Dow relocates German headquarters to Wiesbaden

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The US-based company Dow Chemical will be relocating its German headquarters from Schwalbach am Taunus to its location in Wiesbaden. Operated as a joint venture with Corning since 1983, the Wiesbaden site was fully acquired by Dow last year, explained Willem Huisman, president of operations in Germany, on Thursday. The Dow plant situated on the bank of the Rhine in the Wiesbaden district of Schierstein produces specialized silicones, adhesives, and lubricants. Because this plant is now fully owned by Dow, it makes sense from a business perspective to pool all of the company’s resources at one single location, emphasized Huisman.

Wiesbaden was selected as the preferred location because the plant there is now under Dow’s complete ownership, as opposed to the rented premises of the former German headquarters in Schwalbach. According to Huisman, there are currently 340 employees working at the Wiesbaden site, of which approximately 200 work in production and 40 in research and development.

“Not thrilled” about import tariffs

Three administrative buildings are set to be remodeled and expanded and one new one is set to be constructed. This will provide space for 220 new office workstations designed to accommodate the employees transferring from Schwalbach. It takes just over half an hour to drive from one location to the other. The Schwalbach based employees are scheduled to transfer to Wiesbaden in the second half of the year, after which the Wiesbaden site on Rheingaustraße will host a total of 560 employees.

Dow’s approximate 5,000 employees spread across 16 locations in Germany generated revenue of just under $3 billion last year. “We are very eager to grow,” announced Huisman on Thursday. Germany is Dow’s second largest production location and sales market. The corporation employs around 56,000 people worldwide. In late 2016, Dow announced its intention to merge with its American competitor Dupont to create the largest chemical company in the world. “This would make us even bigger than BASF,” remarked Huisman on Thursday. He pointed out however that the merger has not yet been approved.

When asked about the significance of the changing of the guard in the White House, Huisman said that the new president’s announcement of plans to boost the economy and create jobs is an encouraging sign. On the flipside, however, Dow “is not at all thrilled” about the import tariffs set to be imposed. Huisman indicated that he would prefer not share his opinion about the style in which Donald Trump otherwise conducts himself.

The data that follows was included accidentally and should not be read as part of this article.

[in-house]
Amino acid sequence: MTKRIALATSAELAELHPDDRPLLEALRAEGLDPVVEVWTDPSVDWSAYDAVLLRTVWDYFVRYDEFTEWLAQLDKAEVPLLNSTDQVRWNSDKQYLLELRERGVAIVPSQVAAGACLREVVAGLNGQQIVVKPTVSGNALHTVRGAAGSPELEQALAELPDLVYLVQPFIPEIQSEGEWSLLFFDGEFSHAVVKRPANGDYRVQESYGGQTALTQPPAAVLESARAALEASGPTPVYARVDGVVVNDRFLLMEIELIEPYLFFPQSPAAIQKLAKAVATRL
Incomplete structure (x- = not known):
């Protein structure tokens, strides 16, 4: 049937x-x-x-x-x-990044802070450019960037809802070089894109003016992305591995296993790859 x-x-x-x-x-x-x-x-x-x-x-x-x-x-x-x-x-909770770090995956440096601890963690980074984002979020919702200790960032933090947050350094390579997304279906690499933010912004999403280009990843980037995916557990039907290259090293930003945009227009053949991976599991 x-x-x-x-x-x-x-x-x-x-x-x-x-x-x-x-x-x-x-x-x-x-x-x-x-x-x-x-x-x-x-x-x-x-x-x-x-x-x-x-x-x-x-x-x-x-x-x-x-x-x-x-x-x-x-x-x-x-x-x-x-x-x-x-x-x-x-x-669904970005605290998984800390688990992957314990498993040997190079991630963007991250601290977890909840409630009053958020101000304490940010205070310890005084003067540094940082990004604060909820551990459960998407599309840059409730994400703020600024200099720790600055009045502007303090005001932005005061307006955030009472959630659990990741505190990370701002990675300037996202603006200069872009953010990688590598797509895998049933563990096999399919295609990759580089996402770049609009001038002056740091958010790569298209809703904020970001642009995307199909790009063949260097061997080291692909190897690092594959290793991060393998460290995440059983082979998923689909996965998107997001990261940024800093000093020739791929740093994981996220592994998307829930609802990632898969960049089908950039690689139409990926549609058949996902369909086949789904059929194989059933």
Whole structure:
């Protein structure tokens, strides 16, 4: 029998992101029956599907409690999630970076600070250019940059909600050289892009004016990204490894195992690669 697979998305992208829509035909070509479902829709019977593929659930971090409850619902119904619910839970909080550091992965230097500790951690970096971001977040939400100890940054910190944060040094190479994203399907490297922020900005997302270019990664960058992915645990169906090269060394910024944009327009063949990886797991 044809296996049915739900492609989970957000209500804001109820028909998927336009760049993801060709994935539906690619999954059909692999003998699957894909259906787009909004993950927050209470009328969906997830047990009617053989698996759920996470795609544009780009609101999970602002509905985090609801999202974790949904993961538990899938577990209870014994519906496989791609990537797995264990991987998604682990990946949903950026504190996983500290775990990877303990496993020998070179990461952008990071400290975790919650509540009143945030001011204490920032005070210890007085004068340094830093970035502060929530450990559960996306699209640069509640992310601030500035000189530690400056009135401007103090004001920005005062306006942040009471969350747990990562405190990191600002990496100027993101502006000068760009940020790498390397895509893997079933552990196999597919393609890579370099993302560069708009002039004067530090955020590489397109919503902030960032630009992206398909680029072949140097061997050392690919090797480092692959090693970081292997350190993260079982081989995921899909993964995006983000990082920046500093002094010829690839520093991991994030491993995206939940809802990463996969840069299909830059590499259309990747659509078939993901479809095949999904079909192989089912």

New bus connection

Huisman reported that Dow’s chairman of the board of directors Andrew Liveris currently belongs to a committee that advises the presidents on economic policy issues. He was also part of this committee during Barack Obama’s presidency. “We’re getting close,” said Huisman. The objective is to effectively communicate the industry’s interests to the president. The manager discussed this objective in a press conference at Wiesbaden city hall after being invited to do so by Wiesbaden’s chief mayor Sven Gerich (SPD) and director of economic development Detlev Bendel (CDU). “This is a fine day for Wiesbaden,” exulted the Social Democrat.

A decision by Dow to continue to conduct and expand its research and development activities in Schierstein would provide outstanding long term benefits to the city of Wiesbaden. Gerich remarked that Dow elected to relocate its headquarters from Schwalbach to Wiesbaden despite Wiesbaden’s higher business taxes. The tax factor applied by Wiesbaden is 454 percent compared to the 350 percent applied by Schwalbach. Huisman and Bendel reported that the city of Wiesbaden has been very accommodating to Dow with regard to infrastructure related issues and other matters. For example, the local public transportation company has created a new bus connection designed to allow better access to the company’s site using local public transportation.